Facts of the Case

Provided by Oyez

In March 2018, the City of Philadelphia barred Catholic Social Services (CSS) from placing children in foster homes because of its policy of not licensing same-sex couples to be foster parents. CSS sued the City of Philadelphia, asking the court to order the city to renew their contract. CSS argued that its right to free exercise of religion and free speech entitled it to reject qualified same-sex couples because they were same-sex couples, rather than for any reason related to their qualifications to care for children.


The district court denied CSS’s motion for a preliminary injunction, and the Third Circuit affirmed, finding that the City’s non-discrimination policy was a neutral, generally applicable law and that CSS had not demonstrated that the City targeted CSS for its religious beliefs or was motivated by ill will against its religion.


  1. To succeed on their free exercise claim, must plaintiffs prove that the government would allow the same conduct by someone who held different religious views, or only provide sufficient evidence that a law is not neutral and generally applicable?

  2. Should the Court revisit its decision in Employment Division v. Smith?

  3. Does the government violate the First Amendment by conditioning a religious agency’s ability to participate in the foster care system on taking actions and making statements that directly contradict the agency’s religious beliefs?


  1. The refusal of Philadelphia to contract with CSS for the provision of foster care services unless CSS agrees to certify same-sex couples as foster parents violates the Free Exercise Clause of the First Amendment. Chief Justice John Roberts authored the majority opinion of the Court.

    Philadelphia’s actions burdened CSS’s religious exercise by forcing it either to curtail its mission or to certify same-sex couples as foster parents, in violation of its stated religious beliefs. Although the Court held in Employment Division v. Smith that neutral, generally applicable laws may incidentally burden religion, the Philadelphia law was not neutral and generally applicable because it allowed for exceptions to the anti-discrimination requirement at the sole discretion of the Commissioner. Additionally, CSS’s actions do not fall within public accommodations laws because certification as a foster parent is not “made available to the public” in the usual sense of the phrase. Thus, the non-discrimination requirement is subject to strict scrutiny, which requires that the government show the law is necessary to achieve a compelling government interest.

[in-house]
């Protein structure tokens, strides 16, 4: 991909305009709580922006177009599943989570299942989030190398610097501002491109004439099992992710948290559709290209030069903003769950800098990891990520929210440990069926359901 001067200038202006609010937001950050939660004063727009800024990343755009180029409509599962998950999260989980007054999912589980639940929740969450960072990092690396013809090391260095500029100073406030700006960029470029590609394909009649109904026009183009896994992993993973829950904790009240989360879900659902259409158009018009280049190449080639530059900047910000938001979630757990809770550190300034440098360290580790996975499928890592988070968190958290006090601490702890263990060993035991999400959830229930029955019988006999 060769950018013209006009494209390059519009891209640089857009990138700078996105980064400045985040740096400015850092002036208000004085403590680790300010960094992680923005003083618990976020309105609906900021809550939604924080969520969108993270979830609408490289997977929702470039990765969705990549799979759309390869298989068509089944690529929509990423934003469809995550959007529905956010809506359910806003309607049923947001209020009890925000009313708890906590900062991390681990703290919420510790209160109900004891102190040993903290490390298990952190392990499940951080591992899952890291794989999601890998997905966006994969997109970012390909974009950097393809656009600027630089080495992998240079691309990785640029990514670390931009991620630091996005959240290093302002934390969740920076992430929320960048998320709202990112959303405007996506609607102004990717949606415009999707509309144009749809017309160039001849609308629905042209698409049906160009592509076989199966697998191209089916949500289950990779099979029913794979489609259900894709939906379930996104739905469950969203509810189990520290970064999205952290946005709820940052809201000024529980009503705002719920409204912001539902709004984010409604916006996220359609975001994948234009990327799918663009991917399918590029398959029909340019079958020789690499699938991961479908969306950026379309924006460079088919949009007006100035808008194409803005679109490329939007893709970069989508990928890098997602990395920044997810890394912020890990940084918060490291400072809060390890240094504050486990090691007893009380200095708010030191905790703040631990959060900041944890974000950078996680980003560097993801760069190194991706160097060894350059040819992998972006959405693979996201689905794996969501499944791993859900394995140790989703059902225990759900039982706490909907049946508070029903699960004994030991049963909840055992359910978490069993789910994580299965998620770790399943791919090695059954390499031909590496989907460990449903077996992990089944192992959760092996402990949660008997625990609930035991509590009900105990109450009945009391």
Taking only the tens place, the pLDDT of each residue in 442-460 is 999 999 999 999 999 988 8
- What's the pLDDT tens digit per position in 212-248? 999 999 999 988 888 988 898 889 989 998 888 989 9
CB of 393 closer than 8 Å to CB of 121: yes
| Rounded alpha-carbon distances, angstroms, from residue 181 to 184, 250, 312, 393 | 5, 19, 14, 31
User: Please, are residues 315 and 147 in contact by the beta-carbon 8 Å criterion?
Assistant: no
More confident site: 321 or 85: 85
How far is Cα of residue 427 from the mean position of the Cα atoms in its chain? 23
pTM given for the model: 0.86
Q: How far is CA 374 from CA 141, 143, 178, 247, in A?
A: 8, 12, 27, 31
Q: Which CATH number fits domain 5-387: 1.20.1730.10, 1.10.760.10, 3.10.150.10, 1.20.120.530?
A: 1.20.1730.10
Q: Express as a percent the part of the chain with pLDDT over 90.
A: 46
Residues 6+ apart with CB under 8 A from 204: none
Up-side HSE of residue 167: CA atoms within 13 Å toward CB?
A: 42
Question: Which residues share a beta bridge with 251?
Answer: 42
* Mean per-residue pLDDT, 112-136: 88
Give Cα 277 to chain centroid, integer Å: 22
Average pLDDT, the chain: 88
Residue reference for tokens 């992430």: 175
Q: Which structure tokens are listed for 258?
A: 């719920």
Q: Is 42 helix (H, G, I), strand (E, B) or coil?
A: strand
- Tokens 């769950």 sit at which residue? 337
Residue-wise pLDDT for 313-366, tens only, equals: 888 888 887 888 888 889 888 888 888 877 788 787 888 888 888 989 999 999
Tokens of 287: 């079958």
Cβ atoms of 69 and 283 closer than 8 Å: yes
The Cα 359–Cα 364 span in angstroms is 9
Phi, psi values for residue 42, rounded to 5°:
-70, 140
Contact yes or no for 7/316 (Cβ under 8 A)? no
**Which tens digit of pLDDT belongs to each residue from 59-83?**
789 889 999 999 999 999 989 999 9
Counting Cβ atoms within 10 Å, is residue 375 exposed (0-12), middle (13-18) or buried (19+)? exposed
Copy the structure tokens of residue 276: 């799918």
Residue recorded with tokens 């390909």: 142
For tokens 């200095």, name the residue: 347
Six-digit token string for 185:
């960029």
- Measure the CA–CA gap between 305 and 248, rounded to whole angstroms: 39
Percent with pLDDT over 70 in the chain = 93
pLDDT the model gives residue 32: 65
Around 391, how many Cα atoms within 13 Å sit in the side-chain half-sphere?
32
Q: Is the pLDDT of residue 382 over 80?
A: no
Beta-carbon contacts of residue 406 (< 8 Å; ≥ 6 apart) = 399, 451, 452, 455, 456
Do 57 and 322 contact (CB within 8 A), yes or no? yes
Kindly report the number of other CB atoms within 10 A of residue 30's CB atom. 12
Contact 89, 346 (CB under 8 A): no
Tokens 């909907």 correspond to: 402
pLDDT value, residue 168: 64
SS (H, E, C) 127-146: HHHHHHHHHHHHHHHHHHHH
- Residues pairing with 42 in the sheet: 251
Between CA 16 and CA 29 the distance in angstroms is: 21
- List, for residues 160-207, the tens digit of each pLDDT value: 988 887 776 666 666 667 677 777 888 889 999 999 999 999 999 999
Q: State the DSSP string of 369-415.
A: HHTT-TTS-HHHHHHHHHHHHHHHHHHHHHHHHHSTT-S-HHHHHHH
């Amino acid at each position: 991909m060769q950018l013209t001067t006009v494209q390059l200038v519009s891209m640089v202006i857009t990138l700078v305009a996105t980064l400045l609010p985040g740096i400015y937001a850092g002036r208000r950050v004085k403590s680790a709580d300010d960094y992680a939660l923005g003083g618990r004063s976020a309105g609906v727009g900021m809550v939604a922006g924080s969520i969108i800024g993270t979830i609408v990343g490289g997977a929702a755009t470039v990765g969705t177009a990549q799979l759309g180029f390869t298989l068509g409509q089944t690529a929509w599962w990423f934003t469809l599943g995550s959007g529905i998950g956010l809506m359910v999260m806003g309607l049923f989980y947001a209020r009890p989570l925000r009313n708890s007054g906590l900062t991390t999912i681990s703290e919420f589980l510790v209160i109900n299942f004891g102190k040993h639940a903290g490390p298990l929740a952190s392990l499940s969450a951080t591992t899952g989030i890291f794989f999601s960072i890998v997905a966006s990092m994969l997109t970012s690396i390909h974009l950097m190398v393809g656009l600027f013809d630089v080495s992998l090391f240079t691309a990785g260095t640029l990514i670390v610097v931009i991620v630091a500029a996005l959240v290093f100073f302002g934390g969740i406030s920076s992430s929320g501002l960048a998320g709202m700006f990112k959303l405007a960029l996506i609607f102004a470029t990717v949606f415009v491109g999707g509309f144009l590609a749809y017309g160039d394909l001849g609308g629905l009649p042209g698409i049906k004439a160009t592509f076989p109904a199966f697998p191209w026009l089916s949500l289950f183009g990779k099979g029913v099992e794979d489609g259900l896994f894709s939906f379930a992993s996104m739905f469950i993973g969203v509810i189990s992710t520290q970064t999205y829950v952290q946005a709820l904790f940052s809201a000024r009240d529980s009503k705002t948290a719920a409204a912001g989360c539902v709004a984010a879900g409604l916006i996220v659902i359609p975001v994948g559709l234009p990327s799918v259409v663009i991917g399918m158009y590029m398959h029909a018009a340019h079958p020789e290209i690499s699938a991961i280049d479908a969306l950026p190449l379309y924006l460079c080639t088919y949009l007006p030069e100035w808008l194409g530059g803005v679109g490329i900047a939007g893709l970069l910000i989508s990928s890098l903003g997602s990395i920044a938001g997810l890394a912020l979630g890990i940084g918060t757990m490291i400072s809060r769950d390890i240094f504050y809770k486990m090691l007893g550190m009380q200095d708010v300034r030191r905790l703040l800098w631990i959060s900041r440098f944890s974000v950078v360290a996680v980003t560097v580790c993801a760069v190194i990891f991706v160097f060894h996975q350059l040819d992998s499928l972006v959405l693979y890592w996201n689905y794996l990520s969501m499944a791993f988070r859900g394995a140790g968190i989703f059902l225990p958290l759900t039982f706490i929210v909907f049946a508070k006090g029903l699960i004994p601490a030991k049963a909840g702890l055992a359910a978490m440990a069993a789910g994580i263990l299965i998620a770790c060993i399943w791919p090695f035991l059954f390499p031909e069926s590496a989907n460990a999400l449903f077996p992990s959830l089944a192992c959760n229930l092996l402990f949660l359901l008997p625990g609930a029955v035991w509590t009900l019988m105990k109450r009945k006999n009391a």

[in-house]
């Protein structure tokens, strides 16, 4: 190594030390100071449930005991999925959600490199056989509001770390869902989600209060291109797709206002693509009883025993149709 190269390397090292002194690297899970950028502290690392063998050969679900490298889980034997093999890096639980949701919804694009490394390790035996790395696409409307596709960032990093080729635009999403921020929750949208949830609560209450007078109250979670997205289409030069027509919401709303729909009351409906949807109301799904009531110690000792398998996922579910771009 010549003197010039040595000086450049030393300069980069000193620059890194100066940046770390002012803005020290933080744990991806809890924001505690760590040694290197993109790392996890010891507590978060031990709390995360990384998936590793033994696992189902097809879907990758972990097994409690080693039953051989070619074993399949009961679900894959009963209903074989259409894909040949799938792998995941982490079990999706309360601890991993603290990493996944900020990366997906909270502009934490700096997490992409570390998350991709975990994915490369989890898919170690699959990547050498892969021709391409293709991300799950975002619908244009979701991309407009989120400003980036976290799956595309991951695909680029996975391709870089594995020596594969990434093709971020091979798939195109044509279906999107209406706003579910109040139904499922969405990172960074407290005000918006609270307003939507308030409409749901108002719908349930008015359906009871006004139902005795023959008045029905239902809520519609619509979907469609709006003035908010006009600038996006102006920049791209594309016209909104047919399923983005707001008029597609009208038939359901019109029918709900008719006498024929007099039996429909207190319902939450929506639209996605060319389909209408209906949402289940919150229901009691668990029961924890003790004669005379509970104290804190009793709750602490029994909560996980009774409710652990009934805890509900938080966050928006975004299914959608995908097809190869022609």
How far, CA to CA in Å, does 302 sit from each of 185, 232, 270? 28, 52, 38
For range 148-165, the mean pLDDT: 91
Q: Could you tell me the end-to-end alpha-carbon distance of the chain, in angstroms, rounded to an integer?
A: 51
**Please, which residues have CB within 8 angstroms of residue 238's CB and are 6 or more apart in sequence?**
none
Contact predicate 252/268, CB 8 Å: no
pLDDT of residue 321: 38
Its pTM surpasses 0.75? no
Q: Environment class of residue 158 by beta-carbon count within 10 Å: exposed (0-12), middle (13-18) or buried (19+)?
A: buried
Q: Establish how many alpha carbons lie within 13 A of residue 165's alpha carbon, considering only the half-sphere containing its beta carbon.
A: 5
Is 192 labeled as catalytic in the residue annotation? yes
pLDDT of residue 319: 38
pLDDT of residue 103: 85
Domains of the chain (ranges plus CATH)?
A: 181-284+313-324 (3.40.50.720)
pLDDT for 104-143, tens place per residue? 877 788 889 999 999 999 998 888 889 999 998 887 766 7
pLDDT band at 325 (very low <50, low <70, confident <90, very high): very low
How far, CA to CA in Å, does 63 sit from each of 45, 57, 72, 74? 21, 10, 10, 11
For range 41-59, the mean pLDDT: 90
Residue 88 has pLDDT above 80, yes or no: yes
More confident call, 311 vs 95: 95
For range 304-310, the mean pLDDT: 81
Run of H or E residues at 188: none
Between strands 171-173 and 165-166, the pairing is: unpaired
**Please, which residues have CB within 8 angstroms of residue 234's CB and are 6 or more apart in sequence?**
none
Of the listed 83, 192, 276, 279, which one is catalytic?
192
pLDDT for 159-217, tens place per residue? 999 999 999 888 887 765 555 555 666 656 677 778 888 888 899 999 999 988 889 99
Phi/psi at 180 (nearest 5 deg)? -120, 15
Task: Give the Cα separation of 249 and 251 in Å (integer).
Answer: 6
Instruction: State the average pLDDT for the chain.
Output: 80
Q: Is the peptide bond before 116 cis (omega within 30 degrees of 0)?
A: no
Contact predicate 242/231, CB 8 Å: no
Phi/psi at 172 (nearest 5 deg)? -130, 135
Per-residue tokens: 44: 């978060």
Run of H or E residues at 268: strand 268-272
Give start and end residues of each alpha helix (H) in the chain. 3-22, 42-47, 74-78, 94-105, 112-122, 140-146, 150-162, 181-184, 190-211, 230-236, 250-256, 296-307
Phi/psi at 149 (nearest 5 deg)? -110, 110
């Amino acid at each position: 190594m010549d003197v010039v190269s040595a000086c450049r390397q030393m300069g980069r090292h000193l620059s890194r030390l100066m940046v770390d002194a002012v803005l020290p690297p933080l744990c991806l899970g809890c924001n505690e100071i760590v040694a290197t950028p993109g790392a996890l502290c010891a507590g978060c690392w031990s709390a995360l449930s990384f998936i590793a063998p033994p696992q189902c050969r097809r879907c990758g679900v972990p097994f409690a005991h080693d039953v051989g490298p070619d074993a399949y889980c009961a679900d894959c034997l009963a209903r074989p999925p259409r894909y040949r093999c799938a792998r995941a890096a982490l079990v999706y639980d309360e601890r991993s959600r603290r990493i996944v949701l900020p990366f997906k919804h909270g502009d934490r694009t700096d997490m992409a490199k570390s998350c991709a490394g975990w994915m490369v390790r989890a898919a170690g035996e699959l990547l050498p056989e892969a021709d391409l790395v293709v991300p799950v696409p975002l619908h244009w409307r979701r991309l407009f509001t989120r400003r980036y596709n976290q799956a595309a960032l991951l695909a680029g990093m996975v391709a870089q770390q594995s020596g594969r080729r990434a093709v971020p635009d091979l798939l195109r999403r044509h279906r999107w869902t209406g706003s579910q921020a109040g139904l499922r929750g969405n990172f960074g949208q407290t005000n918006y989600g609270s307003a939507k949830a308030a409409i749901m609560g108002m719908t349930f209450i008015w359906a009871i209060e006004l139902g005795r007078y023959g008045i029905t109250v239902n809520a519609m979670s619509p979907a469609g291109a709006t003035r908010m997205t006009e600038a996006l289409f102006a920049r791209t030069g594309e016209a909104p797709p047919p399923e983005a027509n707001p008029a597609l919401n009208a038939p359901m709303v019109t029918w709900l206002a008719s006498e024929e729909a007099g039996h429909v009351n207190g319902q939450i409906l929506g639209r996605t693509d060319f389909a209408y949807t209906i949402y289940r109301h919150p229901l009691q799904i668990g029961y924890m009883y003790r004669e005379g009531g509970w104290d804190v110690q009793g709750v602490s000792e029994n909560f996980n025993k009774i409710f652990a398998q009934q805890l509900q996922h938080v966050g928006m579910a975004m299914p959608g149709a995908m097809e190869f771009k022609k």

The Court pointed out that the question is not whether the City has a compelling interest in enforcing its non-discrimination policies generally, but whether it has such an interest in denying an exception to CSS. The Court concluded that it did not.

    Justice Amy Coney Barrett wrote a separate concurring opinion in which Justice Brett Kavanaugh joined and in which Justice Stephen Breyer joined as to all but the first paragraph. Justice Barrett acknowledged strong arguments for overruling Smith but agreed with the majority that the facts of the case did not trigger Smith.

    Justice Samuel Alito authored an opinion concurring in the judgment, in which Justices Clarence Thomas and Neil Gorsuch joined. Justice Alito would overrule Smith, replacing it with a rule that any law that burdens religious exercise must be subject to strict scrutiny.

    Justice Gorsuch authored an opinion concurring in the judgment, in which Justices Thomas and Alito joined, criticizing the majority’s circumvention of Smith.

    Further analysis of the oral argument available at Oral Argument 2.0: https://argument2.oyez.org/2020/fulton-v-city-of-philadelphia/